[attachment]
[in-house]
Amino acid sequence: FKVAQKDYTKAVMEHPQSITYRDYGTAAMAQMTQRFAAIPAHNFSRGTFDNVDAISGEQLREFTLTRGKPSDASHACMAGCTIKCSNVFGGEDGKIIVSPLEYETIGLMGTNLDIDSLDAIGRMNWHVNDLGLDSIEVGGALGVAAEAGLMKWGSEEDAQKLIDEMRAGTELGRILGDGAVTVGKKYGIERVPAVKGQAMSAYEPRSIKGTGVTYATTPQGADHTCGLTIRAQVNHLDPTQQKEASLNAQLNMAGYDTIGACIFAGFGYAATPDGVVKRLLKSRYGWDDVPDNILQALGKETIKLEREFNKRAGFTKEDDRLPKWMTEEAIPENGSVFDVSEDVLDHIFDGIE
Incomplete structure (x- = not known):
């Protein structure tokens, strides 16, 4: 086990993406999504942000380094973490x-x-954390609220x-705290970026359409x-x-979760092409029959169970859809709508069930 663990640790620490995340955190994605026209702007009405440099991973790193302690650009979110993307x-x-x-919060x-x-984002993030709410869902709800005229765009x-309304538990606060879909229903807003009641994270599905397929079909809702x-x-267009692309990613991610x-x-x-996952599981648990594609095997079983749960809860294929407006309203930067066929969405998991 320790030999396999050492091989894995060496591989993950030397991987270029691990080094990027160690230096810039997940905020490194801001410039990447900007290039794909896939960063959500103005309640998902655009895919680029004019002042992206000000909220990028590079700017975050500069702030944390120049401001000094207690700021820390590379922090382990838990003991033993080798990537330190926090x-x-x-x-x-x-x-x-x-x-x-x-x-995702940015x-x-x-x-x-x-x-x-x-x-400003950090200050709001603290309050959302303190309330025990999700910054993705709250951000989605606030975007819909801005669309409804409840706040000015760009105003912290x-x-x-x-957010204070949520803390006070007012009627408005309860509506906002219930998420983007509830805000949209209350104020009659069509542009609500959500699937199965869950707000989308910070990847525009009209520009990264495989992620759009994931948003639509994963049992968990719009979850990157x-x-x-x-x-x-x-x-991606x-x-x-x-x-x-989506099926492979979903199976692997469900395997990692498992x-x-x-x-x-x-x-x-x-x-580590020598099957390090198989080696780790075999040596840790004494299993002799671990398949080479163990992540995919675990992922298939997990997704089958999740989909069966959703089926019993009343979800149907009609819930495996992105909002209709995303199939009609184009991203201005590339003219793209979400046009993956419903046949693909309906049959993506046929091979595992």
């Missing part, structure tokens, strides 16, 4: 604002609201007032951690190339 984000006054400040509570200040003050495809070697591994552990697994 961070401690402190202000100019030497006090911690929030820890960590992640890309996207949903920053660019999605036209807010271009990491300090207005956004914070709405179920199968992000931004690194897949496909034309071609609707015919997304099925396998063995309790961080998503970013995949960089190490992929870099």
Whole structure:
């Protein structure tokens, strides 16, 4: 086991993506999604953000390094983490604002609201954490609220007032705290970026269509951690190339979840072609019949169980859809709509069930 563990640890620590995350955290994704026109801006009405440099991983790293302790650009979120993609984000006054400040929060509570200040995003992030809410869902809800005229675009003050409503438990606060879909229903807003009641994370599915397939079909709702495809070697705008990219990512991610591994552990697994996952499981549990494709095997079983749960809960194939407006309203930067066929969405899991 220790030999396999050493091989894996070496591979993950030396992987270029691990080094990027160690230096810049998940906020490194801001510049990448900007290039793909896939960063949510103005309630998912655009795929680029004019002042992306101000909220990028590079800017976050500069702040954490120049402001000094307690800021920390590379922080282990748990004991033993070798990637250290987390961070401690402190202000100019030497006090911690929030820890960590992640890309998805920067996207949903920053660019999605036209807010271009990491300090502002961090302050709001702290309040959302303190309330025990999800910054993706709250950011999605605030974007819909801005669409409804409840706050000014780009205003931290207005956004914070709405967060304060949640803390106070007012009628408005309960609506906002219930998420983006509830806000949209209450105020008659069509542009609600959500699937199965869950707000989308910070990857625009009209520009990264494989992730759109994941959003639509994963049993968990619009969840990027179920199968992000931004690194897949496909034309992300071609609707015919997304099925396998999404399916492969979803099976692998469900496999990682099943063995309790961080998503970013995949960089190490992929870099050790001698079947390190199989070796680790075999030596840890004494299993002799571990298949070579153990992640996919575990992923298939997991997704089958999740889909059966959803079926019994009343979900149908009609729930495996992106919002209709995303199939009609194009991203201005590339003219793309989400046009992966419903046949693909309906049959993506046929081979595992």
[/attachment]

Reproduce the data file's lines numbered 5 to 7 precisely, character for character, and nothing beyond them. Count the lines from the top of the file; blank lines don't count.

């Missing part, structure tokens, strides 16, 4: 604002609201007032951690190339 984000006054400040509570200040003050495809070697591994552990697994 961070401690402190202000100019030497006090911690929030820890960590992640890309996207949903920053660019999605036209807010271009990491300090207005956004914070709405179920199968992000931004690194897949496909034309071609609707015919997304099925396998063995309790961080998503970013995949960089190490992929870099």
Whole structure:
């Protein structure tokens, strides 16, 4: 086991993506999604953000390094983490604002609201954490609220007032705290970026269509951690190339979840072609019949169980859809709509069930 563990640890620590995350955290994704026109801006009405440099991983790293302790650009979120993609984000006054400040929060509570200040995003992030809410869902809800005229675009003050409503438990606060879909229903807003009641994370599915397939079909709702495809070697705008990219990512991610591994552990697994996952499981549990494709095997079983749960809960194939407006309203930067066929969405899991 220790030999396999050493091989894996070496591979993950030396992987270029691990080094990027160690230096810049998940906020490194801001510049990448900007290039793909896939960063949510103005309630998912655009795929680029004019002042992306101000909220990028590079800017976050500069702040954490120049402001000094307690800021920390590379922080282990748990004991033993070798990637250290987390961070401690402190202000100019030497006090911690929030820890960590992640890309998805920067996207949903920053660019999605036209807010271009990491300090502002961090302050709001702290309040959302303190309330025990999800910054993706709250950011999605605030974007819909801005669409409804409840706050000014780009205003931290207005956004914070709405967060304060949640803390106070007012009628408005309960609506906002219930998420983006509830806000949209209450105020008659069509542009609600959500699937199965869950707000989308910070990857625009009209520009990264494989992730759109994941959003639509994963049993968990619009969840990027179920199968992000931004690194897949496909034309992300071609609707015919997304099925396998999404399916492969979803099976692998469900496999990682099943063995309790961080998503970013995949960089190490992929870099050790001698079947390190199989070796680790075999030596840890004494299993002799571990298949070579153990992640996919575990992923298939997991997704089958999740889909059966959803079926019994009343979900149908009609729930495996992106919002209709995303199939009609194009991203201005590339003219793309989400046009992966419903046949693909309906049959993506046929081979595992």